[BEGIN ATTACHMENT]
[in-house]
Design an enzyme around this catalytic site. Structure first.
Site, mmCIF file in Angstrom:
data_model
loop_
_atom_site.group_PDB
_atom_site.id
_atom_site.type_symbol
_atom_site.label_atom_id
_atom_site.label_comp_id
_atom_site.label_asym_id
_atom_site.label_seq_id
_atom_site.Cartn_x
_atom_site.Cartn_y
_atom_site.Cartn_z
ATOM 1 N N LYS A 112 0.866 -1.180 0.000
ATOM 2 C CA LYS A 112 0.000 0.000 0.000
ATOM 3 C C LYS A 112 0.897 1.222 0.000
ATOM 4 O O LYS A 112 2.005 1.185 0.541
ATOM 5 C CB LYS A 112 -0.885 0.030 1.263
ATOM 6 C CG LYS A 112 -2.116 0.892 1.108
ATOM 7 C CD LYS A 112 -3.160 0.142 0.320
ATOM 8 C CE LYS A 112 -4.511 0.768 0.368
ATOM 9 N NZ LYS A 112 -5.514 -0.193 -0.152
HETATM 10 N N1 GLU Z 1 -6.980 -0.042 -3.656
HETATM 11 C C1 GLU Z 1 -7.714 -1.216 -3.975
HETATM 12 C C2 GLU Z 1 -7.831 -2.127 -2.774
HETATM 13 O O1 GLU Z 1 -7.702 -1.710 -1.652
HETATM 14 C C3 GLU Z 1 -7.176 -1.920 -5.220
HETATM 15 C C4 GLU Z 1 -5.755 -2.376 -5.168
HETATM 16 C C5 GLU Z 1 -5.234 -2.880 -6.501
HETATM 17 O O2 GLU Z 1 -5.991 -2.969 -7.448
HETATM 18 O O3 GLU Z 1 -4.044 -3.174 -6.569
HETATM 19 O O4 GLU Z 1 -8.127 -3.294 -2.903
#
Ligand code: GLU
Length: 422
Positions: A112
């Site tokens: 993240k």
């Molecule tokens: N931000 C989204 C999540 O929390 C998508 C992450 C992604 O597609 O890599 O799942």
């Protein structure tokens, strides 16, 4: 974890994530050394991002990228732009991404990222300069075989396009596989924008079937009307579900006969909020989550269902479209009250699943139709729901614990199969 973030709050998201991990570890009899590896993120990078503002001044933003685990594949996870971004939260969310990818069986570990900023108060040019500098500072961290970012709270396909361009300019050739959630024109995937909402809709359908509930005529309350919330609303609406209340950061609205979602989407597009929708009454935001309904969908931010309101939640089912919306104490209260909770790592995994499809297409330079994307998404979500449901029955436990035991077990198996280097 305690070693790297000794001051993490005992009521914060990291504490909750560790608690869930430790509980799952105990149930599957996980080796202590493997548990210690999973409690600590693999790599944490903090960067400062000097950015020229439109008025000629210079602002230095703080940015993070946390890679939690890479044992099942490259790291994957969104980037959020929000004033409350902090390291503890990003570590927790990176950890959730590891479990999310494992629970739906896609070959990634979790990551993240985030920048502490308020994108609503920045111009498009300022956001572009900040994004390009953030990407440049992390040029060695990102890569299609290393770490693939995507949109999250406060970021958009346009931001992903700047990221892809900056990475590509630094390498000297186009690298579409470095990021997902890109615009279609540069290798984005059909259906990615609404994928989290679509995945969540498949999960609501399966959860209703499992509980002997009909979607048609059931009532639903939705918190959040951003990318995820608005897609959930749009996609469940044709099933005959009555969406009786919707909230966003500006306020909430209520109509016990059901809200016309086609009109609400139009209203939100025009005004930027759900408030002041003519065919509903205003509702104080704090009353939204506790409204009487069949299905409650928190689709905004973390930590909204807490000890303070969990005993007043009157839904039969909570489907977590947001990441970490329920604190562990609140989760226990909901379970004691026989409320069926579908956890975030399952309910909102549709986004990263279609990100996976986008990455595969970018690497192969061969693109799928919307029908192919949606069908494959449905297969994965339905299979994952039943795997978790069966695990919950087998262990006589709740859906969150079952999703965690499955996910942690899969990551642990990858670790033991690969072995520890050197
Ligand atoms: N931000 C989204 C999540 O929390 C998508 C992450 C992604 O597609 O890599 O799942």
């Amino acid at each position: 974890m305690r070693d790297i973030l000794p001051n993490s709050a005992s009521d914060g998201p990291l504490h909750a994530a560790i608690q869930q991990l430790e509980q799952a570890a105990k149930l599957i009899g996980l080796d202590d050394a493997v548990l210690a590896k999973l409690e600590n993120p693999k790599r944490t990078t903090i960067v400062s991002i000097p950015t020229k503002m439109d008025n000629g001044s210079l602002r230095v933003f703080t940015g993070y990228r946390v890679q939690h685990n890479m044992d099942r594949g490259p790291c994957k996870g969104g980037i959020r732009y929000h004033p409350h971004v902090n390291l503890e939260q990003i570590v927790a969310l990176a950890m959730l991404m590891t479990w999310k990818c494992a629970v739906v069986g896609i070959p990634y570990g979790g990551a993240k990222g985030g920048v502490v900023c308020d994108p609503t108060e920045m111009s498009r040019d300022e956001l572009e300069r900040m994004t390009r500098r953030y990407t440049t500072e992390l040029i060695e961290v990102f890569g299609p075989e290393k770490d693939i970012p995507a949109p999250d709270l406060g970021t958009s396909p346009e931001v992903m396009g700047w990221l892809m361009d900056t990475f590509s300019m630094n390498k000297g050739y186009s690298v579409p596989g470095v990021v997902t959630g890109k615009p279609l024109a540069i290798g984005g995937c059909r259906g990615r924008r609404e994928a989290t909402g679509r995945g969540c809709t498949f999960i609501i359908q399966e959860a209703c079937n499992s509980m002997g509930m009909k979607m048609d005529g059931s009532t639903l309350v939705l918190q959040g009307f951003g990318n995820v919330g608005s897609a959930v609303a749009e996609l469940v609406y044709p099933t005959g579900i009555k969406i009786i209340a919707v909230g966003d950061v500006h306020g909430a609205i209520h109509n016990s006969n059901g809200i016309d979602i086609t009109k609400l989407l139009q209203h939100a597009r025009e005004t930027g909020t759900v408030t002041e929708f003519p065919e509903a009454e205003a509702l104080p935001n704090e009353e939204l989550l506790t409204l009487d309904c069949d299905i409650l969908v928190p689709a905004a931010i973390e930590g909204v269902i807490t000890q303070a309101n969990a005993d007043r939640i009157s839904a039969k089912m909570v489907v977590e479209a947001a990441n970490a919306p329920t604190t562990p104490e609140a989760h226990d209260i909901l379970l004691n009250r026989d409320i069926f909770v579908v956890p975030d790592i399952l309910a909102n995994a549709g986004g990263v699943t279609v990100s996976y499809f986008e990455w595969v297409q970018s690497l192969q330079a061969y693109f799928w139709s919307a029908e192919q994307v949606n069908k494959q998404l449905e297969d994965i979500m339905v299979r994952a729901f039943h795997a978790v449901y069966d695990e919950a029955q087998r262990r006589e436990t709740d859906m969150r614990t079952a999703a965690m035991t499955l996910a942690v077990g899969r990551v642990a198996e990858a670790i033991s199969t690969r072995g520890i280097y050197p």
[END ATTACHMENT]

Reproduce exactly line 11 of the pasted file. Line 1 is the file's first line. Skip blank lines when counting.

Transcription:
_atom_site.label_asym_id